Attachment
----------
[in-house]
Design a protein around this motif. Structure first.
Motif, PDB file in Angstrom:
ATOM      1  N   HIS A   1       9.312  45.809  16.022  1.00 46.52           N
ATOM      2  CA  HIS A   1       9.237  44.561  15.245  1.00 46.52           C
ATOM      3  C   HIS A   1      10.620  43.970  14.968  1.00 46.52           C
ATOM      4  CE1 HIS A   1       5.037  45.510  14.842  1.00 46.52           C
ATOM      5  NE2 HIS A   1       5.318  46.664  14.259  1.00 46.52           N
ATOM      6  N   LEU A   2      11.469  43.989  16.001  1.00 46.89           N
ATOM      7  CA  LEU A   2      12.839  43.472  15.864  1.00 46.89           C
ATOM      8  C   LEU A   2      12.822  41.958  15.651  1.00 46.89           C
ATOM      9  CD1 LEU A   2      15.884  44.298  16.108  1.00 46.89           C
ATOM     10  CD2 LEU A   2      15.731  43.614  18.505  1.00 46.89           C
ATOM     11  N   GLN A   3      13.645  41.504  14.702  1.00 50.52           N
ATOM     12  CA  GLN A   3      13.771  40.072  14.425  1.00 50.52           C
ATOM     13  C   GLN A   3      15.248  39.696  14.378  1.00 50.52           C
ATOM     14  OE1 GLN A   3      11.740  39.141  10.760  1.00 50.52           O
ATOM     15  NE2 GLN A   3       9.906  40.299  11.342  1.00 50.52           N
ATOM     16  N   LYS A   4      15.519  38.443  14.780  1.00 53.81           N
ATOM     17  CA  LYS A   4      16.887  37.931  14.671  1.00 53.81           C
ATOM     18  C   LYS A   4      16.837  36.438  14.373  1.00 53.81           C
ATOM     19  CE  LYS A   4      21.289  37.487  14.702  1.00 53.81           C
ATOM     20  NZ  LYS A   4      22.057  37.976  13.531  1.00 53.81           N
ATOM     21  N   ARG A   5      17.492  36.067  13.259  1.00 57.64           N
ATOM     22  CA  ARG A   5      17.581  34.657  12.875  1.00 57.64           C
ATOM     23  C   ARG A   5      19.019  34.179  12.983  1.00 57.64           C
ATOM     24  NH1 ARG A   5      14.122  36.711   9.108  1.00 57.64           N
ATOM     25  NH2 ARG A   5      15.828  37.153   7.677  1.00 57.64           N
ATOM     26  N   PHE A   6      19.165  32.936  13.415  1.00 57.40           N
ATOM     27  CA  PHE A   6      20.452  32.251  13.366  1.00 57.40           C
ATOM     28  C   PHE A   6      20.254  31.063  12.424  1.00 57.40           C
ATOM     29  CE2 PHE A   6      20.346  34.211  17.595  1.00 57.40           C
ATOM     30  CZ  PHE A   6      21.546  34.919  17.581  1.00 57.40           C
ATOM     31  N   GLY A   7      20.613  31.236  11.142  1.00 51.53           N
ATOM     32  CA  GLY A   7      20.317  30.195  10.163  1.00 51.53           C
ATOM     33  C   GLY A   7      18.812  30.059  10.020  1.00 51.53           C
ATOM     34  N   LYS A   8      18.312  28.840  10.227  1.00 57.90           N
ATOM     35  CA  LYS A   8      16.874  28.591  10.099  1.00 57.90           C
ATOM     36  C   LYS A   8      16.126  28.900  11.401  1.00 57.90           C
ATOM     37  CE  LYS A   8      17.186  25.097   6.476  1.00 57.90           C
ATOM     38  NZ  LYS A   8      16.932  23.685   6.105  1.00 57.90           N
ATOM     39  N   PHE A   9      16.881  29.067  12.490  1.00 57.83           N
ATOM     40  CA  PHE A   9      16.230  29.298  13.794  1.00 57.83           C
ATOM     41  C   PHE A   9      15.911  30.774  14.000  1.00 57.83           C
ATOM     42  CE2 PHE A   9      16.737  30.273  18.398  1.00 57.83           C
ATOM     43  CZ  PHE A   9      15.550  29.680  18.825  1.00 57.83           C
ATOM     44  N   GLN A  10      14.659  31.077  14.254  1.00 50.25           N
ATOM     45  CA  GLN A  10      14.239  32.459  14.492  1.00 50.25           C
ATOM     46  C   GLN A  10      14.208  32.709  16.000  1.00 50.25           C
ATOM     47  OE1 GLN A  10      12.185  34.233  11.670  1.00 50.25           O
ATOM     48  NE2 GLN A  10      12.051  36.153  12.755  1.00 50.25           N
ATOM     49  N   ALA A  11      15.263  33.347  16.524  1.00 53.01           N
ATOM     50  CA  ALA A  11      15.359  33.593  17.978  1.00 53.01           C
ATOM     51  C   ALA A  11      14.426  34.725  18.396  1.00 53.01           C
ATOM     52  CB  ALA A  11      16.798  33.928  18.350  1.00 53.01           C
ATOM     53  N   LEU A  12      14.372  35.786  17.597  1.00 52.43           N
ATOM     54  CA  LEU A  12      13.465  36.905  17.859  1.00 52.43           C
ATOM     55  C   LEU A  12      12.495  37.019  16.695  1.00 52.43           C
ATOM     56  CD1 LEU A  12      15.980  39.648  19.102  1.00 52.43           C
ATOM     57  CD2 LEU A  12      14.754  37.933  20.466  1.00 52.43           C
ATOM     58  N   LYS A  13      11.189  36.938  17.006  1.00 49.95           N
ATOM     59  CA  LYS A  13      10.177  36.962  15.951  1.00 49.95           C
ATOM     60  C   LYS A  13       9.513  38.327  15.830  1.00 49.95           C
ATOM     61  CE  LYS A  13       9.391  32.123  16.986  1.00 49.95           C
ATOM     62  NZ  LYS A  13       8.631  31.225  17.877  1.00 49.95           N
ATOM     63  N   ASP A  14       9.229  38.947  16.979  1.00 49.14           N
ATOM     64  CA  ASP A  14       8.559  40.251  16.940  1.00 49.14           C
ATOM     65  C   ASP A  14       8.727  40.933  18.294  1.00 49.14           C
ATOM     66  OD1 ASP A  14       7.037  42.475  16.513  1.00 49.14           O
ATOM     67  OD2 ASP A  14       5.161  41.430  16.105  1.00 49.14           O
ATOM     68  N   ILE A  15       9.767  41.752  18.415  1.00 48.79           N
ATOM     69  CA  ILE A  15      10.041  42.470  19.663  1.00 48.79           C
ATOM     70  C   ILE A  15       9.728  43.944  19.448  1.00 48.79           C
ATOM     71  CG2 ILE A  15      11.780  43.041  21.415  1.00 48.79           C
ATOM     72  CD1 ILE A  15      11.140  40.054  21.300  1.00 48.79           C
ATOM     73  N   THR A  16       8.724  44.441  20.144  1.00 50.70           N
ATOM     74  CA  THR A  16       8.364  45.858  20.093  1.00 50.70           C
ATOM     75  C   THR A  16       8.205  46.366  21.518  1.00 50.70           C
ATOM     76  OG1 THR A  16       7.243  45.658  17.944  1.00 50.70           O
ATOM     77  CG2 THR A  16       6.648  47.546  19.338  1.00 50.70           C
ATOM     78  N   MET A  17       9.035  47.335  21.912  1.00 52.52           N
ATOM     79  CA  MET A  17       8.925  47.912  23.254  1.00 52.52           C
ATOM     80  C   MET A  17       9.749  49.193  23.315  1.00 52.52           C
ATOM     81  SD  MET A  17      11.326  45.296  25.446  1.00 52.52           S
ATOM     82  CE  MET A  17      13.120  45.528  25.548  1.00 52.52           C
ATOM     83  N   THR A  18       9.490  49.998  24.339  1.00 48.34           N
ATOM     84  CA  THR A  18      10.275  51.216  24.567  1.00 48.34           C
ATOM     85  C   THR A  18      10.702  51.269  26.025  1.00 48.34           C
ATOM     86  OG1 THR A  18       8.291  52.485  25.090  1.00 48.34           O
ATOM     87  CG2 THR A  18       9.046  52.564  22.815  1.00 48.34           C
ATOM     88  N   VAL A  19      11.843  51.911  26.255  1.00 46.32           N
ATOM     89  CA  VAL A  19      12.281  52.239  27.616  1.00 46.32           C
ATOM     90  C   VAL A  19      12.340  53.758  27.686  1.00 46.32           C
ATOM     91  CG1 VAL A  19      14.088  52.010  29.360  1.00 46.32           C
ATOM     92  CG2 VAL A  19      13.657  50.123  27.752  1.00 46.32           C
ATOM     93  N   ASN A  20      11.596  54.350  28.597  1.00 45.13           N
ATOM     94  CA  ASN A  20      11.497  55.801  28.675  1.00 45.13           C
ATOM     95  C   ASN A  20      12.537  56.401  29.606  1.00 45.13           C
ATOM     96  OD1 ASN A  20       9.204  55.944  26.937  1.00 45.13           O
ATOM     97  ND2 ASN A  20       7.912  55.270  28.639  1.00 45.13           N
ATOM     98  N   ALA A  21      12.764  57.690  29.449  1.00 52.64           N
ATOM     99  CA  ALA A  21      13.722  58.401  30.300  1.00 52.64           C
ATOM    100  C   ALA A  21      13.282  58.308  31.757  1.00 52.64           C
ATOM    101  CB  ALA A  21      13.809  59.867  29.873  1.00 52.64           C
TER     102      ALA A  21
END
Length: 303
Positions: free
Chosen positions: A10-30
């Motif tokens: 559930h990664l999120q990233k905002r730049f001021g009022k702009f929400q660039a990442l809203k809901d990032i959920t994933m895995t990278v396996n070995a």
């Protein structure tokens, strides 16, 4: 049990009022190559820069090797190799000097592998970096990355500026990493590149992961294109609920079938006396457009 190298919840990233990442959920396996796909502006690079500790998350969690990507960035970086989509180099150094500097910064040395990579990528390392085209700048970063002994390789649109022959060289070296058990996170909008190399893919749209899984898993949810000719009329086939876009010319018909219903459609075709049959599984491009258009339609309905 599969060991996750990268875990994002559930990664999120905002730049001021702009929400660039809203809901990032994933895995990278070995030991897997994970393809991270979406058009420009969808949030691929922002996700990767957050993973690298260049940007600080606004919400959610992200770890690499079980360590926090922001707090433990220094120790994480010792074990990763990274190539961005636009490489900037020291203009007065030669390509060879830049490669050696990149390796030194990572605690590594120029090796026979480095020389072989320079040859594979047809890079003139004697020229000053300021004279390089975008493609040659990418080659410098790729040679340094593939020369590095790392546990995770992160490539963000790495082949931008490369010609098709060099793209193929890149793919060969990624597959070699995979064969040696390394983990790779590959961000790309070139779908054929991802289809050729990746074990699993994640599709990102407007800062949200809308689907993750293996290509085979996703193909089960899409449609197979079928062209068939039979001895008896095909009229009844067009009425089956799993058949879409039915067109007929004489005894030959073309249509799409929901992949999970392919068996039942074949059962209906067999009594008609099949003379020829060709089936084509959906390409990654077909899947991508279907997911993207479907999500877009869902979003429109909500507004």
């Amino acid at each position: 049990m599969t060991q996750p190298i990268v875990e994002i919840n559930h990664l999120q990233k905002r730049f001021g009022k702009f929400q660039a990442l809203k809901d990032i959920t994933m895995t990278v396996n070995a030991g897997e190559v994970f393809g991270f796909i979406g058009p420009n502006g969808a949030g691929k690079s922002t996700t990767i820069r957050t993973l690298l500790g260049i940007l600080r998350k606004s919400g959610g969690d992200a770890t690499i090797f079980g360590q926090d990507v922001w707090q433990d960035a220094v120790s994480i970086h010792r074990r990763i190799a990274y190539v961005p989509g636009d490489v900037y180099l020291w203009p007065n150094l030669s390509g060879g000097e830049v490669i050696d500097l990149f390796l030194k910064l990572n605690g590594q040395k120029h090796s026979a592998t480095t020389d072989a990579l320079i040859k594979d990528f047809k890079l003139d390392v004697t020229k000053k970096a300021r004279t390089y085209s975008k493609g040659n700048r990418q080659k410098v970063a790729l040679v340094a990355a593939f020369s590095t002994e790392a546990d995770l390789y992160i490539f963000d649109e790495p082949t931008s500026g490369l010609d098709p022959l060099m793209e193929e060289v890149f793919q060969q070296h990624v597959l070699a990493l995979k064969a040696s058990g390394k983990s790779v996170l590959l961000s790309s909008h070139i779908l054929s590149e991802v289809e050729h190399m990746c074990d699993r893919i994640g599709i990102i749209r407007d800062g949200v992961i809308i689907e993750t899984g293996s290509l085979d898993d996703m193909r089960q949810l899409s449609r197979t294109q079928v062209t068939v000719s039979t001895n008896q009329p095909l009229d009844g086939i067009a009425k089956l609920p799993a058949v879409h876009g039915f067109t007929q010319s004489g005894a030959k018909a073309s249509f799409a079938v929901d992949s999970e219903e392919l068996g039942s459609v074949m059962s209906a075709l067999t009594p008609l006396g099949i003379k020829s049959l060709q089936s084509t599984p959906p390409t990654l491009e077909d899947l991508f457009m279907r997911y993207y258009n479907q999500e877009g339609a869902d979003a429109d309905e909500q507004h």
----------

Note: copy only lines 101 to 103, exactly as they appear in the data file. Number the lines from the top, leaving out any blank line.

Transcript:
ATOM     98  N   ALA A  21      12.764  57.690  29.449  1.00 52.64           N
ATOM     99  CA  ALA A  21      13.722  58.401  30.300  1.00 52.64           C
ATOM    100  C   ALA A  21      13.282  58.308  31.757  1.00 52.64           C